Time to Terminate
By Tom DiAngelis, PT, DPT
When was the last time you fired someone? What is it exactly that takes you to the point that you terminate a person’s employment, benefits, and possibly change their lives forever?
I suspect that if an employee could not complete their job and continuously did a temporary fix to a problem, you would eventually tell them enough, and they would be out of a job. Yet we have members of Congress—many of whom are repeatedly elected to office—who since 2003 have provided 17 temporary fixes to the Sustainable Growth Rate (SGR) instead of coming up with a permanent fix. In March of this year, they once again failed to perform on the SGR problem and gave us another temporary patch. Please see the column by our lobbyist, Jerome Connolly, in this issue of Impact for the gory details of this never-ending saga.
At some point, the American people have to realize that we have a combined group of useless elected officials who just cannot do their jobs. They cannot do what we have elected them to do, and we continue to tolerate their mediocre performance and elect them into office over and over. How many businesses in this country would tolerate employees who perform at the dismal level our Congress does? I know not one of you reading this column would tolerate it.
For those of you that have been around for a while, I am sure you can remember a time when Congress actually figured out how to work together to move this country forward. I have often questioned what has happened to make the best democracy in the world devolve to be led by a group that is immature, divided, and totally partisan in their actions and deliberations.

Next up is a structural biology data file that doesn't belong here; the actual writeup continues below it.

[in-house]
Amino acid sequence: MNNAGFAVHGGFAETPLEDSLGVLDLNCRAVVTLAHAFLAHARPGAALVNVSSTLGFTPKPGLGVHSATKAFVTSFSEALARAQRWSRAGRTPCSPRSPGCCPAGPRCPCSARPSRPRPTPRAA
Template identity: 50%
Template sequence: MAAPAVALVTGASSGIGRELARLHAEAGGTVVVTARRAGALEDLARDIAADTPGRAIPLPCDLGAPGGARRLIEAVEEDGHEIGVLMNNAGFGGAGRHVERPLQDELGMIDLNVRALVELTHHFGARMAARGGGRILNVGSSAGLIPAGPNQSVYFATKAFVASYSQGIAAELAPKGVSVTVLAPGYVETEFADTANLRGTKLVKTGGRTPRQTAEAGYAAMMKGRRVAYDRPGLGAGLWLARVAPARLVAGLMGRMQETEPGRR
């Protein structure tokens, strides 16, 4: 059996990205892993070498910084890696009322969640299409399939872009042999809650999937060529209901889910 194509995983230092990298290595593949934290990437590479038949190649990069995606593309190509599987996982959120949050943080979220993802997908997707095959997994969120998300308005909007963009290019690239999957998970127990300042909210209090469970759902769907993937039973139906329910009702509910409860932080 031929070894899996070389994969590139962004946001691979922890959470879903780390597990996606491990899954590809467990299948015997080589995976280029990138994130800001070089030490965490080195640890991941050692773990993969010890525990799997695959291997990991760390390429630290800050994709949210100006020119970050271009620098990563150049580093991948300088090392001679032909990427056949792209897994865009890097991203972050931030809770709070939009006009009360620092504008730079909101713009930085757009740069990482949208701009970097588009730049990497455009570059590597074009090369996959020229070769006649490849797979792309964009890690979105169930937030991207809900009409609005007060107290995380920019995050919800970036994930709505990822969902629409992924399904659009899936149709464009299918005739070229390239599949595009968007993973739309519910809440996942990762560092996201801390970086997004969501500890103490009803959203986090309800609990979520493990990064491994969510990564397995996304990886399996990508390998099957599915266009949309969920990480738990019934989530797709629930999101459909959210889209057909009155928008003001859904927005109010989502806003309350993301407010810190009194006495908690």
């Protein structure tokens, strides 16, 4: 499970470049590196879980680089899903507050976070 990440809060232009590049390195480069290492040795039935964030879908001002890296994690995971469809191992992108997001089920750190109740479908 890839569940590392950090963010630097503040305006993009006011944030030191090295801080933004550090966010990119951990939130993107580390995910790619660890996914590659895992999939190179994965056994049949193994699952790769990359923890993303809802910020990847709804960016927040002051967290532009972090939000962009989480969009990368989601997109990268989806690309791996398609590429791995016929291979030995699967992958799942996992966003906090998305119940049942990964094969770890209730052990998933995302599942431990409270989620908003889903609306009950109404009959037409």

I have had the opportunity to ask this of some past members of Congress who have long since stepped down, but still have their finger on the pulse of Congress. They have offered a couple of explanations as to why the members find it so difficult to work together.
The first thing they tell me is that members do not live in D.C. any more. In the past, they would move their families to D.C. and as a result they would see each other more—socialize more. And even though they disagreed on issues, they developed relationships that enabled them to figure out a solution. Now, members leave D.C. at the end of the week and return after the weekend, leaving no time to get to know their colleagues and work together on solving the problems they face.
One of the other reasons offered has to do with redistricting—often a member’s district is either blue or red, but not both. So, a member only has to keep their constituency happy in their district to be reelected; they do not have to worry about their constituents being in the other party. This makes it easier for them to go with the party line instead of doing what they often know is the right thing.
Well, this might provide some explanation for them being unable to perform their jobs, but it is no excuse. It is time that we take a strong look at our elected officials and fire them. Eleven years and 17 temporary fixes is enough for me to vote for anyone other than an incumbent—and fire the ineffective body of people that we employ. How about you?